Envision a world where the trillions of bacteria that inhabit our bodies become the frontier of personalized medicine, having the ability to shape our health, performance and even influence behavior. When in harmony, this teeming world of bacteria offers numerous health benefits. However, a shift in this delicate balance can lead to substantial negative health effects due to contrasting evolutionary objectives. Precision engineering of the gut microbiome that can add, remove or modify functional capabilities of the system holds tremendous therapeutic potential for personalized and precision medicine. However, the complexity of this system that encompasses hundreds of species, unknown interaction networks and mechanisms driving these interactions have precluded our ability to effectively manipulate this system to our benefit. A detailed and quantitative understanding of this system would enable the discovery of molecular and ecological design principles of the system as well as novel control knobs for steering the gut microbiome to desired states.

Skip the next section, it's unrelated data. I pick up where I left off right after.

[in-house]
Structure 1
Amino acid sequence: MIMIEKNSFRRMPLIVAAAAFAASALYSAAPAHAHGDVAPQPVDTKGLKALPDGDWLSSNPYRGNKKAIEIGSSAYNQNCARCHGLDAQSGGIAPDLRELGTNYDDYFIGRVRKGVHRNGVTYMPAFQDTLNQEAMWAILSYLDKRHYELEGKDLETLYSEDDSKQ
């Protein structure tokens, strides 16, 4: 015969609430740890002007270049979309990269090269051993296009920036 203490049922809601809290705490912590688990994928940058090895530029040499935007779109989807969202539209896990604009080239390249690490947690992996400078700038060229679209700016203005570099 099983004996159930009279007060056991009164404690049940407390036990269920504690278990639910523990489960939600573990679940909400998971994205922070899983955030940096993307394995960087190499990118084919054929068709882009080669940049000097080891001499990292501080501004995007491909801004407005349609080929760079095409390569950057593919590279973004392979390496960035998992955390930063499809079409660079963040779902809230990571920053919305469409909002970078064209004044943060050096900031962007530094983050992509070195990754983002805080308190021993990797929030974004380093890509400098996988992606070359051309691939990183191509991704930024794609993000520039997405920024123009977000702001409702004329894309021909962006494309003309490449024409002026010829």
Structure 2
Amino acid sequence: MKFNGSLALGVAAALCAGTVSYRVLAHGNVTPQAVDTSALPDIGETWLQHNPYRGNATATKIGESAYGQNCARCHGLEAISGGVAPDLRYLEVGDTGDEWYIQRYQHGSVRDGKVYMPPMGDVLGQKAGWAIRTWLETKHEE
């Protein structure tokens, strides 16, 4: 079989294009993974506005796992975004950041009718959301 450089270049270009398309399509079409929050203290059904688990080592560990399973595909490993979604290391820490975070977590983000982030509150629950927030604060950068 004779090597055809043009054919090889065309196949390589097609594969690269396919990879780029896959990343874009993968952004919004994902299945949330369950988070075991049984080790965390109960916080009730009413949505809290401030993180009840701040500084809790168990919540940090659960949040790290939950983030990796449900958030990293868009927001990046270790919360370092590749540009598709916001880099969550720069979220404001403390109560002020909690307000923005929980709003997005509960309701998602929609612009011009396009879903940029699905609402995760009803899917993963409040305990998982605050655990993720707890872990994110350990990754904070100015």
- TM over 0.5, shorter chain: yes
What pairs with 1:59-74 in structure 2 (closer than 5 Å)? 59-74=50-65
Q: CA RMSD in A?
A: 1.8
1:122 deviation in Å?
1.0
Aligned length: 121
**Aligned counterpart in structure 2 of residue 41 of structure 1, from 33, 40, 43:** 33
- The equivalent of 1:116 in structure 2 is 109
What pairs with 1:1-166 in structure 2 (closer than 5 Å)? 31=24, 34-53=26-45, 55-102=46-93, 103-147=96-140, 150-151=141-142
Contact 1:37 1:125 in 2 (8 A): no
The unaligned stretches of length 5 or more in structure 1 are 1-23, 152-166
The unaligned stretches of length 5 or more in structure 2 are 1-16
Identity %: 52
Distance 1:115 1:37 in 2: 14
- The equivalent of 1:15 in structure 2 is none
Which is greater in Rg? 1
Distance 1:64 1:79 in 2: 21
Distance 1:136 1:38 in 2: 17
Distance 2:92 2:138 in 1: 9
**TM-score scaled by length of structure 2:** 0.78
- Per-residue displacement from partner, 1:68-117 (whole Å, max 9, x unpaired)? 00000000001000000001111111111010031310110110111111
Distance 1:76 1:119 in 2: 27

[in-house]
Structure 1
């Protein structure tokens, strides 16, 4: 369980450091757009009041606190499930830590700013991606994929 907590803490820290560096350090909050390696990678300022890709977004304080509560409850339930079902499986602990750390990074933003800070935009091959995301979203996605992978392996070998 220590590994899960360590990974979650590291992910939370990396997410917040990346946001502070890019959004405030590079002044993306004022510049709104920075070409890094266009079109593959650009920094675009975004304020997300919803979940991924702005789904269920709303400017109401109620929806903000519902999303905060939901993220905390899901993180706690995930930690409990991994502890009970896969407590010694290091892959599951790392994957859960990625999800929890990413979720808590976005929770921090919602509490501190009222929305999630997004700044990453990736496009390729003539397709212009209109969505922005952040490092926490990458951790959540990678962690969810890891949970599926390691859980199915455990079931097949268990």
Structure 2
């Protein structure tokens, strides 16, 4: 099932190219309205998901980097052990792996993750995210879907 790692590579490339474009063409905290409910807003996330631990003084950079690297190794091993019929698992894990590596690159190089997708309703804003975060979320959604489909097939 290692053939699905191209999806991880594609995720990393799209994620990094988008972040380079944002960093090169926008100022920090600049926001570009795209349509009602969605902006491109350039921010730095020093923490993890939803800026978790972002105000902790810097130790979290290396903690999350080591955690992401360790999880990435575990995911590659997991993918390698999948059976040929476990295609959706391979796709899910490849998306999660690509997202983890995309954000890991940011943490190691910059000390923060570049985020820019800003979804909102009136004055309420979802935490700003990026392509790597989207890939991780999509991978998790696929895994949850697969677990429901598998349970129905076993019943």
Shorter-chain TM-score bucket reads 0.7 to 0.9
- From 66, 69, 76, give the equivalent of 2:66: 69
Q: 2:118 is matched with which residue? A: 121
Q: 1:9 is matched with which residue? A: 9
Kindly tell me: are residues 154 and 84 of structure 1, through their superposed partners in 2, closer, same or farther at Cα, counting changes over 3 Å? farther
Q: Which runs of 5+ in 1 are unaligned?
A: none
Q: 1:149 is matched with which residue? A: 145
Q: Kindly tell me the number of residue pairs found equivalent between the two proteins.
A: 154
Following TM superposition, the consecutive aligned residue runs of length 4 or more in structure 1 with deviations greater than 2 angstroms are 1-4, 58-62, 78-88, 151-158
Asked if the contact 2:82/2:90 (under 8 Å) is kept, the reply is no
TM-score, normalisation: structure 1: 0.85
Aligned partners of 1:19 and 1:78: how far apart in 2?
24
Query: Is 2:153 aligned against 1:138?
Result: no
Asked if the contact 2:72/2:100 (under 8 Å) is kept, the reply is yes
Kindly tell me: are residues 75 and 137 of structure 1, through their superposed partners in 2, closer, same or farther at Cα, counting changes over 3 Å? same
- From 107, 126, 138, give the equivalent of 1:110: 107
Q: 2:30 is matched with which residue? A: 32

By combining high-throughput bottom-up assembly of human gut communities with computational modeling, we explore large microbiome functional landscapes mapping species abundance to health-relevant microbiome functions. Our data-driven models guide the discovery of communities with tailored metabolite profiles or inhibition of the major human gut pathogen Clostridioides difficile in vitro and in the mammalian gut. Complex dietary fibers/pre-biotics can be used to promote health-relevant metabolic functions and resistance to environmental perturbations. Finally, we demonstrate that control of specialized metabolic pathways is an effective control knob for predictably manipulating health-relevant metabolites. In sum, our work provides a foundation for exploring and exploiting the interaction networks driving the human gut microbiome as precision therapeutics.